W3C home > Mailing lists > Public > whatwg@whatwg.org > August 2011

[whatwg] Fixing undo on the Web - UndoManager and Transaction

From: Jonas Sicking <jonas@sicking.cc>
Date: Tue, 9 Aug 2011 15:36:41 -0700
Message-ID: <CA+c2ei_4jXJVeacCL4mdP1L=zD4SY8cb4UC8D6b4boMh0ZXgHw@mail.gmail.com>
On Tue, Aug 9, 2011 at 3:11 PM, Ryosuke Niwa <rniwa at webkit.org> wrote:
> On Tue, Aug 9, 2011 at 2:55 PM, Jonas Sicking <jonas at sicking.cc> wrote:
>> I don't think it's a matter of which use cases can or can't be solved with
>> either solution. It's pretty clear to me that all scenarios can be solved
>> with either API.
> Right, they're isomorphic.
>> It's just a matter of which pattern is more common and so which one we
>> should make more convenient. If almost everyone puts the same code in apply
>> and reapply then we're just creating more work for people.
>> Here's how you'd implement the apply/reapply/unapply syntax using simply
>> apply/unapply
>> apply: function() { if (!this.applied) { action1(); this.applied = true; }
>> else { action2(); }
>> unapply: unapply
> One thing I don't like about this approach is that it requires a flag. ?With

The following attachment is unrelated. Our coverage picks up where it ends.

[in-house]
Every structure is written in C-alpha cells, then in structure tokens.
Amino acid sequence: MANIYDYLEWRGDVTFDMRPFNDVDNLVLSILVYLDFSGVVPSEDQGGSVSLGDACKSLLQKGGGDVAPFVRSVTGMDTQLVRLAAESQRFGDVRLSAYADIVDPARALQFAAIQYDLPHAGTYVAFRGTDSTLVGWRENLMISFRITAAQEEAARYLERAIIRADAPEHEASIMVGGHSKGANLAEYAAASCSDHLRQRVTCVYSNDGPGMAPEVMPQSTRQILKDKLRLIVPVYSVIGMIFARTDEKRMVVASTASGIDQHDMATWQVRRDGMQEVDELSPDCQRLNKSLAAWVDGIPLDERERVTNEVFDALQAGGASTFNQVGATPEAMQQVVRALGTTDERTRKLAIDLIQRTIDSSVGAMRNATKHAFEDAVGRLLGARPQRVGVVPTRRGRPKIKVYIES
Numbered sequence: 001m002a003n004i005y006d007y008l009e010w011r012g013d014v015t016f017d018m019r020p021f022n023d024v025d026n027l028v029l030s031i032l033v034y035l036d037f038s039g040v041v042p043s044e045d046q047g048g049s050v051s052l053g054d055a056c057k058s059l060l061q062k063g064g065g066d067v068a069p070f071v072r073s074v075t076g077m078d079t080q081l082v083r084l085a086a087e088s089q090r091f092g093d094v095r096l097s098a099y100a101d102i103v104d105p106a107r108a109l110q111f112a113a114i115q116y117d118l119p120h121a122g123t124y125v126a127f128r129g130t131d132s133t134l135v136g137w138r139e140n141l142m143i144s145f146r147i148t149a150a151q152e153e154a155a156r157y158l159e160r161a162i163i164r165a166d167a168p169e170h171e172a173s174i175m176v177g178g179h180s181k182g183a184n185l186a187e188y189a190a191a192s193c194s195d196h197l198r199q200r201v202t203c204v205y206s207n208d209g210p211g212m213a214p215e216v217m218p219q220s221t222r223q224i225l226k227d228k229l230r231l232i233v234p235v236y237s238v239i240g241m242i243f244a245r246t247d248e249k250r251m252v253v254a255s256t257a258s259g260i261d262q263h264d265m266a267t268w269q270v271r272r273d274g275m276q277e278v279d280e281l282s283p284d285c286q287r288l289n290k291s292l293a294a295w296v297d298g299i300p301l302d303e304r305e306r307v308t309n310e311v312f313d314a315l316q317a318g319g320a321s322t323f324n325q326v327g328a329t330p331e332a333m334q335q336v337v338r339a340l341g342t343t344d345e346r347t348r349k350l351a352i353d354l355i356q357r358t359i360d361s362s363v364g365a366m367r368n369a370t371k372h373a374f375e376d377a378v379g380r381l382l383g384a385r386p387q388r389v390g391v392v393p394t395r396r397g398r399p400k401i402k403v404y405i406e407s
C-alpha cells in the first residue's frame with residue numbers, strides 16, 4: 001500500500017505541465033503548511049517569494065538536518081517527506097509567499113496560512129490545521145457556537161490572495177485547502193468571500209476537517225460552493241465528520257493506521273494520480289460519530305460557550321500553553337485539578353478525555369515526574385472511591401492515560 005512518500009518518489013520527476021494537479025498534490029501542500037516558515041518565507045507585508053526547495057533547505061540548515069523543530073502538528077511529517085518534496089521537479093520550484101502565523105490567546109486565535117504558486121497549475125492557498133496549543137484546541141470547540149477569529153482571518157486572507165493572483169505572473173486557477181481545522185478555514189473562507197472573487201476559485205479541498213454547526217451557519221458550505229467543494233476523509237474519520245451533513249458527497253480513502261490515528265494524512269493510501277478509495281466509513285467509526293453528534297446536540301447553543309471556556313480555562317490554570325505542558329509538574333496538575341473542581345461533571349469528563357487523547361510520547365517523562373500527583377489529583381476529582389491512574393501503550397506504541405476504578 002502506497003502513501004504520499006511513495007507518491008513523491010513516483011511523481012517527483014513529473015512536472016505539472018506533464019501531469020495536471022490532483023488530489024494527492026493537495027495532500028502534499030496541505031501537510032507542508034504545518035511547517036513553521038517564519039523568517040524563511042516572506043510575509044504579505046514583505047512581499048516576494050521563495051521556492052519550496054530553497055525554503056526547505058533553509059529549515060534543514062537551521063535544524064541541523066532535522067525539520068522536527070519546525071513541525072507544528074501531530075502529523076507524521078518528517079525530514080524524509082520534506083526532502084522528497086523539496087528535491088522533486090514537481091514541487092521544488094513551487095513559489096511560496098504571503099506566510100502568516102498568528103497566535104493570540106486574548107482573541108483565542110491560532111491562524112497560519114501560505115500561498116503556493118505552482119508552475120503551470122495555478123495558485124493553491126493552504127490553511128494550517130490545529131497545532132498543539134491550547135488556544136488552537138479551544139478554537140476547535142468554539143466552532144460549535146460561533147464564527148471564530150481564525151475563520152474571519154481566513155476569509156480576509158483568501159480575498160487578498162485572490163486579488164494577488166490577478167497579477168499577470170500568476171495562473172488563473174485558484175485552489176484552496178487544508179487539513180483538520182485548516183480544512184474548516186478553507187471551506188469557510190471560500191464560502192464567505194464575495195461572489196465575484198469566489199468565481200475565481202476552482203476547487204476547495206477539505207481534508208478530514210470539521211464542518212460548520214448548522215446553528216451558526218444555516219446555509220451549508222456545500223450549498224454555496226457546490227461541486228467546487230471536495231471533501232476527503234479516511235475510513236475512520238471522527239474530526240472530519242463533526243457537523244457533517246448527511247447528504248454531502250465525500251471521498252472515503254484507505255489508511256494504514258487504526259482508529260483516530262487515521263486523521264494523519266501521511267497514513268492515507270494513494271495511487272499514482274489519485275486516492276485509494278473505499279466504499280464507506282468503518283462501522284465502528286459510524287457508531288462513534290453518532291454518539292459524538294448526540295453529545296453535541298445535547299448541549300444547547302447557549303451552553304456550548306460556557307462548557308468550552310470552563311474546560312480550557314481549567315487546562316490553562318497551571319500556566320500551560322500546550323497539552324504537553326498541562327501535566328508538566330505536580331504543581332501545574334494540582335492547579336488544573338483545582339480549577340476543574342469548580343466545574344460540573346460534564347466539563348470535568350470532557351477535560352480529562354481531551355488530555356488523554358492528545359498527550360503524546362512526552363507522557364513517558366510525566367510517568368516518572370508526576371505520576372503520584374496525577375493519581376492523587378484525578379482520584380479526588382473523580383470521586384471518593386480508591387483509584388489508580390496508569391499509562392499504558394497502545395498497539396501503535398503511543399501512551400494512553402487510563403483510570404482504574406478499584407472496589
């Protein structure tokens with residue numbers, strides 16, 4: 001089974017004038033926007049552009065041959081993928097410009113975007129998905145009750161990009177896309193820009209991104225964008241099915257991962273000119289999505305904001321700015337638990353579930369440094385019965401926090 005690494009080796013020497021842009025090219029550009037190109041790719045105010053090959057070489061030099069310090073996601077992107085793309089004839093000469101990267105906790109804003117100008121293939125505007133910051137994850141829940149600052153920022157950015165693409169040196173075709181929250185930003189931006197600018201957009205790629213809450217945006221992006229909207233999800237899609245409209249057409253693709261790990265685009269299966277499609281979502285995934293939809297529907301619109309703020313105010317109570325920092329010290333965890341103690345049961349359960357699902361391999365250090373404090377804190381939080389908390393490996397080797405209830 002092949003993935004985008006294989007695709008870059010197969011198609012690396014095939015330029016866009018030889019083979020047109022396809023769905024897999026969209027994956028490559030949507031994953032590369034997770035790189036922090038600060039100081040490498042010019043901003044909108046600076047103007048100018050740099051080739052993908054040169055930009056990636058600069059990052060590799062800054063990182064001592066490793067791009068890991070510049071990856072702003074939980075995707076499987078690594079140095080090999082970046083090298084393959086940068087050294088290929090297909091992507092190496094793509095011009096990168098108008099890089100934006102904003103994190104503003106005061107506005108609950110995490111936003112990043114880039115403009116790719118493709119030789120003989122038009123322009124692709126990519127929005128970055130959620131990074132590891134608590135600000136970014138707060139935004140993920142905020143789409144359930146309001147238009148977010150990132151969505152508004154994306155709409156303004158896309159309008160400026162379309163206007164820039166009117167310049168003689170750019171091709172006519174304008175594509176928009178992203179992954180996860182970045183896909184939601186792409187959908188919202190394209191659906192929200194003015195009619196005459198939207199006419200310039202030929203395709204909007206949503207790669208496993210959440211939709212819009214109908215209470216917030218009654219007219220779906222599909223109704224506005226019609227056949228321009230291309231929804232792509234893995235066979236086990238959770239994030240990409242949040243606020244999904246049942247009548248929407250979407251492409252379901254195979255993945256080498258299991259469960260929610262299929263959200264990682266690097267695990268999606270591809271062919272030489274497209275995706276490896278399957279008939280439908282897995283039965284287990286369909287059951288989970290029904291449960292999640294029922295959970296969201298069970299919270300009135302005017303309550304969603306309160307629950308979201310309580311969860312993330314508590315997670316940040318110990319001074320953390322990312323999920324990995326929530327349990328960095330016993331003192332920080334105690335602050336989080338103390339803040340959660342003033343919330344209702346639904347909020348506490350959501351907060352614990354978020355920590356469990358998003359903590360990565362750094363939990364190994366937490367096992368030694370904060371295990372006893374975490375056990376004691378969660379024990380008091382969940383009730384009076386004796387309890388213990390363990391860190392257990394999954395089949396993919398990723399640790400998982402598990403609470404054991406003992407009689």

> my proposal, all you need to do is to call a function. Also, we can make it
> so that when you don't supply a value to reapply (i.e. reapply is null),
> then undoManager automatically calls apply instead (I always intended this
> behavior from the beginning but I've apparently left this details out).

Sure, your API is more convenient in certain situations. But it also
encourages code duplication (I'll note that in the examples you
originally provided in this thread you always ended up duplicating
code between apply/reapply), which easily leads to bugs.

Another point to keep in mind is that we can always end up adding
features that makes certain use cases more convenient. There is
literally an infinite amount of things people will want to do and APIs
we can add to make it easier for them to do it. The question we need
to ask ourselves is where to draw the line. The way to do that is to
look at which use cases requires which features, and how common those
use cases are.

I do definitely agree that making the reapply function optional helps
a lot in that at least pages don't have to worry about the feature if
they're not using it. If we do that though we should probably rename
the 'apply' property for managed transactions since it's semantics are
pretty different. 'apply' for managed transactions are only called
once when the transaction is first added. 'apply' for manual
transactions are potentially called every time the transaction is

/ Jonas
Received on Tuesday, 9 August 2011 15:36:41 UTC

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